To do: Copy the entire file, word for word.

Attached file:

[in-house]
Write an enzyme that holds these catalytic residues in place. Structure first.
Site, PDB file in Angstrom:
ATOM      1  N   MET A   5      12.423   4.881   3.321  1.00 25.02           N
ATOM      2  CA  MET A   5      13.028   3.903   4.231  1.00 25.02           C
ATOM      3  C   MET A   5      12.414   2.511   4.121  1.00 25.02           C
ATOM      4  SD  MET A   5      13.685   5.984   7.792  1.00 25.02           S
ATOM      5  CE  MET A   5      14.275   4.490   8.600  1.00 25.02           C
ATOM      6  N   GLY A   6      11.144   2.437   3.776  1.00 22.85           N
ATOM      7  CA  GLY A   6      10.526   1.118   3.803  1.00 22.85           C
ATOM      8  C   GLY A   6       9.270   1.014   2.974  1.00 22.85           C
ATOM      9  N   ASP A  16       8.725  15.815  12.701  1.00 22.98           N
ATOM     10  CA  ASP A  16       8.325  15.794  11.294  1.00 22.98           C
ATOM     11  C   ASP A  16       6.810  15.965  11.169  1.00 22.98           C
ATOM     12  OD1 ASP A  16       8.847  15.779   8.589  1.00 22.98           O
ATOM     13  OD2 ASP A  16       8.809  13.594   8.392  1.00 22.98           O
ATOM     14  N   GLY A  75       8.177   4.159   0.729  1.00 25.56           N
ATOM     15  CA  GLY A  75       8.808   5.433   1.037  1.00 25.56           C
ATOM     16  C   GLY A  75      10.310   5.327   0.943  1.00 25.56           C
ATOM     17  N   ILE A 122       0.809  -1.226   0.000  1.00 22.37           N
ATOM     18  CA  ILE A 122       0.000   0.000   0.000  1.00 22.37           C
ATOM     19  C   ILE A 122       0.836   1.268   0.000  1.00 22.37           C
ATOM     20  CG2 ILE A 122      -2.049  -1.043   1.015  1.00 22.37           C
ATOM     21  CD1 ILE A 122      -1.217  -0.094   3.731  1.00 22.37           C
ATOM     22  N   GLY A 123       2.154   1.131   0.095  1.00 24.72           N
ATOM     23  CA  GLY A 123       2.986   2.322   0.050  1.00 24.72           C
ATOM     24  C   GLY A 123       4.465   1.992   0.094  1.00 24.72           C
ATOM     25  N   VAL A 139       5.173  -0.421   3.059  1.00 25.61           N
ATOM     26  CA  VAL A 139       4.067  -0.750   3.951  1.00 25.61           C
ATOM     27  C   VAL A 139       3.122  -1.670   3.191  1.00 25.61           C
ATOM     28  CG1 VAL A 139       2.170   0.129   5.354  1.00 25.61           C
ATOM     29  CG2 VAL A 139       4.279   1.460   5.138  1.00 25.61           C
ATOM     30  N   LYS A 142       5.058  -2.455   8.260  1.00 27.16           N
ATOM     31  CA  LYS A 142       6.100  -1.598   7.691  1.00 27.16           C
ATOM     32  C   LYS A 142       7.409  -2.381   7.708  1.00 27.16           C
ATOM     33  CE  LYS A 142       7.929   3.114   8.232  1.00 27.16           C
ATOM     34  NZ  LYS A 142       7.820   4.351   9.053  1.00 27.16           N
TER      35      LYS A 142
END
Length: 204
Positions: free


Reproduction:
[in-house]
Write an enzyme that holds these catalytic residues in place. Structure first.
Site, PDB file in Angstrom:
ATOM      1  N   MET A   5      12.423   4.881   3.321  1.00 25.02           N
ATOM      2  CA  MET A   5      13.028   3.903   4.231  1.00 25.02           C
ATOM      3  C   MET A   5      12.414   2.511   4.121  1.00 25.02           C
ATOM      4  SD  MET A   5      13.685   5.984   7.792  1.00 25.02           S
ATOM      5  CE  MET A   5      14.275   4.490   8.600  1.00 25.02           C
ATOM      6  N   GLY A   6      11.144   2.437   3.776  1.00 22.85           N
ATOM      7  CA  GLY A   6      10.526   1.118   3.803  1.00 22.85           C
ATOM      8  C   GLY A   6       9.270   1.014   2.974  1.00 22.85           C
ATOM      9  N   ASP A  16       8.725  15.815  12.701  1.00 22.98           N
ATOM     10  CA  ASP A  16       8.325  15.794  11.294  1.00 22.98           C
ATOM     11  C   ASP A  16       6.810  15.965  11.169  1.00 22.98           C
ATOM     12  OD1 ASP A  16       8.847  15.779   8.589  1.00 22.98           O
ATOM     13  OD2 ASP A  16       8.809  13.594   8.392  1.00 22.98           O
ATOM     14  N   GLY A  75       8.177   4.159   0.729  1.00 25.56           N
ATOM     15  CA  GLY A  75       8.808   5.433   1.037  1.00 25.56           C
ATOM     16  C   GLY A  75      10.310   5.327   0.943  1.00 25.56           C
ATOM     17  N   ILE A 122       0.809  -1.226   0.000  1.00 22.37           N
ATOM     18  CA  ILE A 122       0.000   0.000   0.000  1.00 22.37           C
ATOM     19  C   ILE A 122       0.836   1.268   0.000  1.00 22.37           C
ATOM     20  CG2 ILE A 122      -2.049  -1.043   1.015  1.00 22.37           C
ATOM     21  CD1 ILE A 122      -1.217  -0.094   3.731  1.00 22.37           C
ATOM     22  N   GLY A 123       2.154   1.131   0.095  1.00 24.72           N
ATOM     23  CA  GLY A 123       2.986   2.322   0.050  1.00 24.72           C
ATOM     24  C   GLY A 123       4.465   1.992   0.094  1.00 24.72           C
ATOM     25  N   VAL A 139       5.173  -0.421   3.059  1.00 25.61           N
ATOM     26  CA  VAL A 139       4.067  -0.750   3.951  1.00 25.61           C
ATOM     27  C   VAL A 139       3.122  -1.670   3.191  1.00 25.61           C
ATOM     28  CG1 VAL A 139       2.170   0.129   5.354  1.00 25.61           C
ATOM     29  CG2 VAL A 139       4.279   1.460   5.138  1.00 25.61           C
ATOM     30  N   LYS A 142       5.058  -2.455   8.260  1.00 27.16           N
ATOM     31  CA  LYS A 142       6.100  -1.598   7.691  1.00 27.16           C
ATOM     32  C   LYS A 142       7.409  -2.381   7.708  1.00 27.16           C
ATOM     33  CE  LYS A 142       7.929   3.114   8.232  1.00 27.16           C
ATOM     34  NZ  LYS A 142       7.820   4.351   9.053  1.00 27.16           N
TER      35      LYS A 142
END
Length: 204
Positions: free